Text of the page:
Powers of Arion in Greek Mythology

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Arion was a winged horse in Greek mythology. Most stories say that he was born after the sea god Poseidon took the shape of a horse to disguise himself and rape the goddess Demeter, who had previously assumed the shape of a horse to escape him. Other accounts say that Arion was the son of the Earth or of other gods. No matter the story of his lineage, his powers remain the same throughout Greek mythology.

1 Amazing Speed

Arion was no ordinary horse, and he was said to have exceptional speed that riders used to aid their victory in battle. In "The Iliad," Homer wrote that no other horse could pass Arion in a chariot race. In "Fall of Troy," Quintus Smyrnaeus wrote that Arion was the fastest of all horses on Earth. Arion's speed was partly due to his divine birth, but also partly due to wings that he used to accelerate.

2 Superior Intelligence

Though he had the shape of a horse, Arion was said to have the mind of a god. In many stories, Arion uses his superior intelligence to participate in battle strategy and to save his rider. For example, in the play "Seven against Thebes," Arion is said to save King Adrastus' life by rescuing him from captors and taking him off the battlefield. Arion is not just a tool for warriors, but participates in battle as a sentient being.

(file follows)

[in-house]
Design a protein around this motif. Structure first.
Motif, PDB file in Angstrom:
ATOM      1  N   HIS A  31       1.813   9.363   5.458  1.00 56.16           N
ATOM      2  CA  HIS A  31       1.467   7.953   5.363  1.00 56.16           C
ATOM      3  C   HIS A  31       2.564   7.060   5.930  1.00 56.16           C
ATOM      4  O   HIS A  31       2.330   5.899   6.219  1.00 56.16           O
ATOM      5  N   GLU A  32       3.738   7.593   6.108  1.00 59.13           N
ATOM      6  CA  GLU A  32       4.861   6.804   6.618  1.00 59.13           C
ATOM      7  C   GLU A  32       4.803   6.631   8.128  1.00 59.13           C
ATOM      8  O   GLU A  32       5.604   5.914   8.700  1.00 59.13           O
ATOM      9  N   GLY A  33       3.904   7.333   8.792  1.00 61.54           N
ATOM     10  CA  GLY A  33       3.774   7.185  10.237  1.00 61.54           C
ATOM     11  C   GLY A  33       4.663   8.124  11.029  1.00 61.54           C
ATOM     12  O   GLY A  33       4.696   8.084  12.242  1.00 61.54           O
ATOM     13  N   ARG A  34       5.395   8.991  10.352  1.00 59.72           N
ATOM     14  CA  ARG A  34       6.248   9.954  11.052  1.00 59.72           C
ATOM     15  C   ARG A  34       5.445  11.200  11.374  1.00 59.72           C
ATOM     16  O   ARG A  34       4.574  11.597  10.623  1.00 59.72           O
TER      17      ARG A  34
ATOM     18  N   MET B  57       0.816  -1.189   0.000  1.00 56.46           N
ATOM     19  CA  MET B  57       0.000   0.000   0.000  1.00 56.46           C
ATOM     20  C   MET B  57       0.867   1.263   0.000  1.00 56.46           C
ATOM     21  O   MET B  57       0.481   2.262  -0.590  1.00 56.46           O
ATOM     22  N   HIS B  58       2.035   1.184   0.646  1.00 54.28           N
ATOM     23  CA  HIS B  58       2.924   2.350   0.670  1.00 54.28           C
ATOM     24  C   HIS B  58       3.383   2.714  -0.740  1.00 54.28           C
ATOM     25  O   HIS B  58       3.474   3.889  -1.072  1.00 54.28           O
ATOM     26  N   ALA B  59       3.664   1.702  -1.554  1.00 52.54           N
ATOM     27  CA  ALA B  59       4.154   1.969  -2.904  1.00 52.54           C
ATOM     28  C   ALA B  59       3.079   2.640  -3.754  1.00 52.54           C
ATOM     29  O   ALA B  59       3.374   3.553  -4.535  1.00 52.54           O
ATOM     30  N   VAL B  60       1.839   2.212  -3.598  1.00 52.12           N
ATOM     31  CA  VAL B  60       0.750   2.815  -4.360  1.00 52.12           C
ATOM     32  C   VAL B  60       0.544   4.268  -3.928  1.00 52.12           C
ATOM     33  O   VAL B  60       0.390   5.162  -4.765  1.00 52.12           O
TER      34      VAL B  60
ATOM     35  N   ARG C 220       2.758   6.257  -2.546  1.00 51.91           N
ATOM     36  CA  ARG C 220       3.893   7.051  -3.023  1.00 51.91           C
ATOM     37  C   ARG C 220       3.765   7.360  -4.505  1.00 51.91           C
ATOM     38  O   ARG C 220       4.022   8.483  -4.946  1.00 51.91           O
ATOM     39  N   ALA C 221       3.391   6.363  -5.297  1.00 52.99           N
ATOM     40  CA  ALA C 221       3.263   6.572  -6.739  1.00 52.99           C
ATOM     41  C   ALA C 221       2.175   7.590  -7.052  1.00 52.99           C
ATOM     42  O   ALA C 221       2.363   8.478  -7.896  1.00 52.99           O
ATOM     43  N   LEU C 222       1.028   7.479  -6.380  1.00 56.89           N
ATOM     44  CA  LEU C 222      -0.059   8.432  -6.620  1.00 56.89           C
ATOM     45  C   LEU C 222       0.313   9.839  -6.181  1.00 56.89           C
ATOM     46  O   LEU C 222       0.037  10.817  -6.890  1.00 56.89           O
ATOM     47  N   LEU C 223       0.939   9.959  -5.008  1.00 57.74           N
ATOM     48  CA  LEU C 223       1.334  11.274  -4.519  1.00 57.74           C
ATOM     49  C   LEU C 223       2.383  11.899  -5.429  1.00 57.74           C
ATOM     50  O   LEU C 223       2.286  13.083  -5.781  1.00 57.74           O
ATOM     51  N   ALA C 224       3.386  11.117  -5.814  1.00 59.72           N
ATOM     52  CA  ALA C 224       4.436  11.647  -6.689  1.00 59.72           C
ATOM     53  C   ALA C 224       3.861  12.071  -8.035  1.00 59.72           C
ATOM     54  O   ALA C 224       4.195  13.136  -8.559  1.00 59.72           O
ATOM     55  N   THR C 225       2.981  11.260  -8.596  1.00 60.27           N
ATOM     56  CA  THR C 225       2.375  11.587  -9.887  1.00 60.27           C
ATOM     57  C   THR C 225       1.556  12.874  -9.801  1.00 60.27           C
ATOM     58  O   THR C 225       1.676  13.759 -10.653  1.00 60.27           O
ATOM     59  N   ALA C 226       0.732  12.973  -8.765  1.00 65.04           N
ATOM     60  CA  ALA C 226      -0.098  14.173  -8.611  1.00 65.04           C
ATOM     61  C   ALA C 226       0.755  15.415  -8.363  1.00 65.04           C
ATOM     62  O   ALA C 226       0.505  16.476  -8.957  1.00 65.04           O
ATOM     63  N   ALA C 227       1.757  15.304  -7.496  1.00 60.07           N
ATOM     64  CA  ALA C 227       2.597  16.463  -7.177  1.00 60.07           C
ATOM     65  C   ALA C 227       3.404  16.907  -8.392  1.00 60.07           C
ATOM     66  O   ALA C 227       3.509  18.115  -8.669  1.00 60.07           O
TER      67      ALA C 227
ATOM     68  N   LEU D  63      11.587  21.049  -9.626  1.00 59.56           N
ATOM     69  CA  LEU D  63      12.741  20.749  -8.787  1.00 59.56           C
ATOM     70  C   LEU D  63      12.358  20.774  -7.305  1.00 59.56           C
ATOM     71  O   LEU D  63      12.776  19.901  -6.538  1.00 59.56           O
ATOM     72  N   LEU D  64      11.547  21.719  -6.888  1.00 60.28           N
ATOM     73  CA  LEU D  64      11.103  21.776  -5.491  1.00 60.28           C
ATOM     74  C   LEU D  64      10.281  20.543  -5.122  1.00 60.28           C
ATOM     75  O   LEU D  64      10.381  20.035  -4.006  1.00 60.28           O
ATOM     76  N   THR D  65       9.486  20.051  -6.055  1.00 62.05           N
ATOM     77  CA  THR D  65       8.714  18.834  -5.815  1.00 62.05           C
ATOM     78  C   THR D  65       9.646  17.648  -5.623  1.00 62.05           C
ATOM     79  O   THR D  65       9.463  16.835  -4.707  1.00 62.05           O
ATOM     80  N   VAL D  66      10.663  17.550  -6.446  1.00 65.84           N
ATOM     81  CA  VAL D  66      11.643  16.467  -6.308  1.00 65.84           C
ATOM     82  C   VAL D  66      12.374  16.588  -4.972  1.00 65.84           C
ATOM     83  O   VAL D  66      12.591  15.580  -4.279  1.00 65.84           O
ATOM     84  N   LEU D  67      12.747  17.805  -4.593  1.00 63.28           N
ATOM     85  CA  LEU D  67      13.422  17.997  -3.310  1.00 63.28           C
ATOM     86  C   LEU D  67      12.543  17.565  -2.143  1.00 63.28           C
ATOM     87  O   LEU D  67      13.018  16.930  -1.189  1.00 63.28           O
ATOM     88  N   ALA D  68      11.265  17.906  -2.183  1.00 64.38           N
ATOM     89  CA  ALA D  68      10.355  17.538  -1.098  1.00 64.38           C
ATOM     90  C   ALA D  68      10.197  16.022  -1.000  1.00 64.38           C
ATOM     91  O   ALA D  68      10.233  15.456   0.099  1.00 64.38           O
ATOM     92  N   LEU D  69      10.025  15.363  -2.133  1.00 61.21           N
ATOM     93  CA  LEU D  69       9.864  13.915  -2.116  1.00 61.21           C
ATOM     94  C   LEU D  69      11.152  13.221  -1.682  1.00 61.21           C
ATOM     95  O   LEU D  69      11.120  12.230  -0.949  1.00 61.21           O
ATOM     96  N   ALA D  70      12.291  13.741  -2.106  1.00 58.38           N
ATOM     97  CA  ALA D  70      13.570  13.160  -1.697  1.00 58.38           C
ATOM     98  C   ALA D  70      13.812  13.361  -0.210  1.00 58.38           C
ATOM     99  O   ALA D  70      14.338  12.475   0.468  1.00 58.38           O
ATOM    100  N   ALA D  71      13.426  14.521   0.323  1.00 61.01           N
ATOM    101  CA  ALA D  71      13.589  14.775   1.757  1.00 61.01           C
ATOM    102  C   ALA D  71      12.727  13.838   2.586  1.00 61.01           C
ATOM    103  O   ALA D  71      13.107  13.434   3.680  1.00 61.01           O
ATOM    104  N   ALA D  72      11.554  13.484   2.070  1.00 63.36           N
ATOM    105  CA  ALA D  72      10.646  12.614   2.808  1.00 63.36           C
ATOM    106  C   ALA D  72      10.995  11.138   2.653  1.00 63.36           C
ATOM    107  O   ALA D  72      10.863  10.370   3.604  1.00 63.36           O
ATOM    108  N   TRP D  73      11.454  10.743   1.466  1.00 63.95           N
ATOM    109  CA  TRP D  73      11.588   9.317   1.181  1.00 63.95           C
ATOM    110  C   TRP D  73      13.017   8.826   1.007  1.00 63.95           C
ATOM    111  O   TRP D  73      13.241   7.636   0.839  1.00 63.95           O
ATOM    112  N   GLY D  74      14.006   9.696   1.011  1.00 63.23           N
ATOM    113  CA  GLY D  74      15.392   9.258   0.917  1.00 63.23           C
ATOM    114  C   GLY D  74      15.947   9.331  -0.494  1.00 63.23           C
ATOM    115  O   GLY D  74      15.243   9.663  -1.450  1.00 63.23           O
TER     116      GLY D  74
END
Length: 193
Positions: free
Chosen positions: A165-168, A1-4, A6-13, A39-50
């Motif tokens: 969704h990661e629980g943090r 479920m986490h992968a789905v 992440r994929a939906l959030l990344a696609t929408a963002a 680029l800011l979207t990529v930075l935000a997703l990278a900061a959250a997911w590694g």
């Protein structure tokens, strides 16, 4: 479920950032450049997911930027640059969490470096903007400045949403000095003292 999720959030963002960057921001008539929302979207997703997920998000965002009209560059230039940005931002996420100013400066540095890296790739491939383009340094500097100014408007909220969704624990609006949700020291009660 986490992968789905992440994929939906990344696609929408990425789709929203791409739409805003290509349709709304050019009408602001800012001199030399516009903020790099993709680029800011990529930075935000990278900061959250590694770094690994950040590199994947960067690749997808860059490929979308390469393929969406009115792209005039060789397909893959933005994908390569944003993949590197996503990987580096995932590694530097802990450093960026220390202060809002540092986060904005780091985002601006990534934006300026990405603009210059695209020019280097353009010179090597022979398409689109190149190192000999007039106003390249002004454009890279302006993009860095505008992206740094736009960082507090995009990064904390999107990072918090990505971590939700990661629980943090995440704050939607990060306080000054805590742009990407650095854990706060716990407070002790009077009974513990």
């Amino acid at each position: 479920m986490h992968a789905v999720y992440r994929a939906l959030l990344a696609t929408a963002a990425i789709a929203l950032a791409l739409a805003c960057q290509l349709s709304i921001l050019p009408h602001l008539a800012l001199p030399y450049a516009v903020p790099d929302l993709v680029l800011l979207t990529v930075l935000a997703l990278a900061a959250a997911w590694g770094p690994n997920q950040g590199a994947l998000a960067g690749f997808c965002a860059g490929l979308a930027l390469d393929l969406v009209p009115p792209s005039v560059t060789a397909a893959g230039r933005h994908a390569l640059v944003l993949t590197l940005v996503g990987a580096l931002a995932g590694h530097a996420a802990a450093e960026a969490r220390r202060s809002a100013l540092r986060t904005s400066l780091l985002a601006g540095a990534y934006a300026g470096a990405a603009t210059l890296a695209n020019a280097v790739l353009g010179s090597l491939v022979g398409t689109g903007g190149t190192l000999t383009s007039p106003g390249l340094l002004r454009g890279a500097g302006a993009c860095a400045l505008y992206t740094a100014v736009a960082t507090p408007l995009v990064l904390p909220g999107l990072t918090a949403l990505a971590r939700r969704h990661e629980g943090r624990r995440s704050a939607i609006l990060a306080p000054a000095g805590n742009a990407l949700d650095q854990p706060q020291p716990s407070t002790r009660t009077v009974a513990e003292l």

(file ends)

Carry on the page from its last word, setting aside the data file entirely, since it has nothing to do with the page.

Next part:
3 Ability to Speak

Intrinsic to his superior intelligence was Arion's ability to speak. He was able to converse with his masters to help them in battle, as is described in the "Elegies 2" by Propertius. Arion's ability to speak set him apart from other mythological, immortal horses ridden by the gods. His power of speech is attributed to his divine birth, whether of Poseidon and Demeter as most stories suggest, or one of the other gods, such as Zephyrus.

4 Power of Immortality

In all accounts of Arion, he is gifted with the power of immortality. This served him well in battle as he could not die of his wounds, and he could offer superior protection to his masters. Arion meets other immortal horses in "The Iliad," such as the horses of Achilles. However, these horses are not born of divine parentage. In some accounts, Arion also has the "power of light," further reinforcing his divinity.

Maria Magher has been working as a professional writer since 2001. She has worked as an ESL teacher, a freshman composition teacher and an education reporter, writing for regional newspapers and online publications. She has written about parenting for Pampers and other websites. She has a Master's degree in English and creative writing.